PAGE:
What is the Difference Between Broadband, DSL & Wireless?
By Tom Ianello
Broadband, DSL and wireless are terms that describe different types of high-speed Internet connections. Many Internet service providers offer each of these forms of high-speed Internet, but the availability of each type ultimately depends on the location of your home or business.
The word "broadband" describes an Internet signal of high bandwidth or capacity. No one type of high-speed Internet can be labeled as broadband because nearly all types of high-speed Internet connections can be referred to as broadband connections. Types of broadband Internet can include cable, satellite, DSL, fiber-optic or wireless.
DSL, which stands for Digital Subscriber Line, is a broadband Internet connection that uses the wires of a telephone network to deliver a high-speed Internet signal. DSL download speeds can range from 256 kbps to 24 Mbps, though the speed can vary depending on the quality of the telephone lines, distance from the ISP or type of DSL subscription. DSL installation can generally be done without drilling any extra holes or installing extra outlets; as long as your home already has telephone wires installed, all you need to do is plug in the DSL modem.
Wireless can mean many things when referring to types of Internet access. For example, a wireless network found in a home, coffee shop or airport originates from a wireless router, which receives its signal from a modem linked to an ISP. Wireless broadband, on the other hand, can provide high-speed Internet coverage to a much larger area and comes in many forms, like 3G, 4G, LTE, satellite and WiMAX. While 3G networks are technically considered a wireless connection, they are geared toward mobile platforms that don't have high bandwidth requirements, such as smartphones and tablet computers. 4G networks such as LTE, or Long Term Evolution, and WiMAX, or Worldwide Interoperability for Microwave Access, are becoming the standard for wireless broadband. LTE and WiMAX are based on similar technology that allows for entire cities and other urban areas to be blanketed with high-speed Internet coverage.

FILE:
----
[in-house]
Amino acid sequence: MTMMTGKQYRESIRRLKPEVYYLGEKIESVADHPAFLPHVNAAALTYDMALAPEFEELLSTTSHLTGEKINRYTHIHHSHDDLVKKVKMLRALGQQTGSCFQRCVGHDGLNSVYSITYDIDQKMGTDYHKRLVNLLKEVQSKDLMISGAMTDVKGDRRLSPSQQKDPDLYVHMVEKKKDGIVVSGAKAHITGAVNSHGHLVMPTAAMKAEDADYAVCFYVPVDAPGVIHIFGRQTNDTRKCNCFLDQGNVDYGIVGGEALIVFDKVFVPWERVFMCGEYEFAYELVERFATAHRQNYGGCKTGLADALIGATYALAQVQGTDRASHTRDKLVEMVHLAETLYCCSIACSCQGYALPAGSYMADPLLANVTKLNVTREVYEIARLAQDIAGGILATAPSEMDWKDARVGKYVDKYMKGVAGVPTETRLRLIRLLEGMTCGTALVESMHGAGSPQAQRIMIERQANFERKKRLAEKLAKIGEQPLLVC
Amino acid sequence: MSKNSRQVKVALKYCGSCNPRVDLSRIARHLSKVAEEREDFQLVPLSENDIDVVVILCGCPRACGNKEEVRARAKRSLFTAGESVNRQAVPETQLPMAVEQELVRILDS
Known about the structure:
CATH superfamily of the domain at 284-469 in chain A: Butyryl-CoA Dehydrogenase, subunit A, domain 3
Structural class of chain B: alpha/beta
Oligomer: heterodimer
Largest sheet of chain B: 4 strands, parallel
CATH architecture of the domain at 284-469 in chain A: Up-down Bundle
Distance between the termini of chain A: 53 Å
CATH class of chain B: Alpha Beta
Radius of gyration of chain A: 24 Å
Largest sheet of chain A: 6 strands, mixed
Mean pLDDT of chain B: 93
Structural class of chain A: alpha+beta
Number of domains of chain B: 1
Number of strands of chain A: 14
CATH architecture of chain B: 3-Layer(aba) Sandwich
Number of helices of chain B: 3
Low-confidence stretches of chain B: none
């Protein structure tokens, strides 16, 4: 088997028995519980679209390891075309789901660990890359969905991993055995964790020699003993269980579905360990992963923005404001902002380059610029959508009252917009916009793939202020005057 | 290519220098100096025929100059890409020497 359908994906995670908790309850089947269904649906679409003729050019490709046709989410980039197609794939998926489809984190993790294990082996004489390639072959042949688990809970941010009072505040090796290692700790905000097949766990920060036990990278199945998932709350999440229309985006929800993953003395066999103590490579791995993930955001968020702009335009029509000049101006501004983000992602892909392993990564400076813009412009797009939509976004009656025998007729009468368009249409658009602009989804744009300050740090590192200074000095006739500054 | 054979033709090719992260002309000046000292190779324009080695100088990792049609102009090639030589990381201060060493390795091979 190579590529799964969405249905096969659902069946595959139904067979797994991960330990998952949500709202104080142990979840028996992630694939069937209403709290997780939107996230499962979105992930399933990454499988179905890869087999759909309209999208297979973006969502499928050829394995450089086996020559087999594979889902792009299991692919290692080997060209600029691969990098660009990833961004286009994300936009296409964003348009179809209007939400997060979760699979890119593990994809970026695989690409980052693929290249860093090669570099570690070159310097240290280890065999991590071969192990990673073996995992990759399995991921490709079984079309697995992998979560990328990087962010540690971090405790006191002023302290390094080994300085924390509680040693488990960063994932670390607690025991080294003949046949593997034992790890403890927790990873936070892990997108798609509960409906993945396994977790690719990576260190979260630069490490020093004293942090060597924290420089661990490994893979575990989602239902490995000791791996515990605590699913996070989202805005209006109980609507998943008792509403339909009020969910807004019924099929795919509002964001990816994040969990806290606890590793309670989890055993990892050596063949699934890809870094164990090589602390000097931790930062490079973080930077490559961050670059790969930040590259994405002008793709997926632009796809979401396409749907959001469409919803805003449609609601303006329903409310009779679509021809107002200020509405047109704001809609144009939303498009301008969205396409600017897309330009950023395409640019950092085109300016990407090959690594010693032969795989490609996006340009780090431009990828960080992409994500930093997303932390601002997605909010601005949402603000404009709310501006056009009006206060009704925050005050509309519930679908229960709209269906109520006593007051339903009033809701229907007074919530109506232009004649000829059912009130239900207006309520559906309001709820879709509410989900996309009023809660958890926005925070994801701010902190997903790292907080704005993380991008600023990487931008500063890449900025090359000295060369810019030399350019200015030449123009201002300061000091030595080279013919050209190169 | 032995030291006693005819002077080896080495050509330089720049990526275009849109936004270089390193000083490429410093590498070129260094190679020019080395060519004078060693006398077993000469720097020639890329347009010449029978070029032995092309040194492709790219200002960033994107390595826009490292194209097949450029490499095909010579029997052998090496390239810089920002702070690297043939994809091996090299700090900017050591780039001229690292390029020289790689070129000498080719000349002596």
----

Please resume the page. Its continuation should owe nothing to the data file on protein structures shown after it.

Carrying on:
When choosing an Internet service, be sure to research your options. While you may be within the coverage area for wireless or DSL, there can still be environmental or location factors that will reduce the effectiveness of your connection. For example, a DSL connection deteriorates the further away from the ISP's location you are, so your Internet speeds might not be as fast as the advertised speed. A wireless connection can also suffer from interference from trees, local geography or even the construction materials used in your home. If your neighbors or friends use the Internet service you are interested in, it can't hurt to ask them how they feel about the quality of their service. You can also ask your potential ISP to come to your home and do a site test to determine whether or not wireless or DSL is a viable option.
Tom Ianello started writing professionally in 2007, specializing in technology and computers. Ianello is completing his associate degree in computer information systems at Great Bay Community College.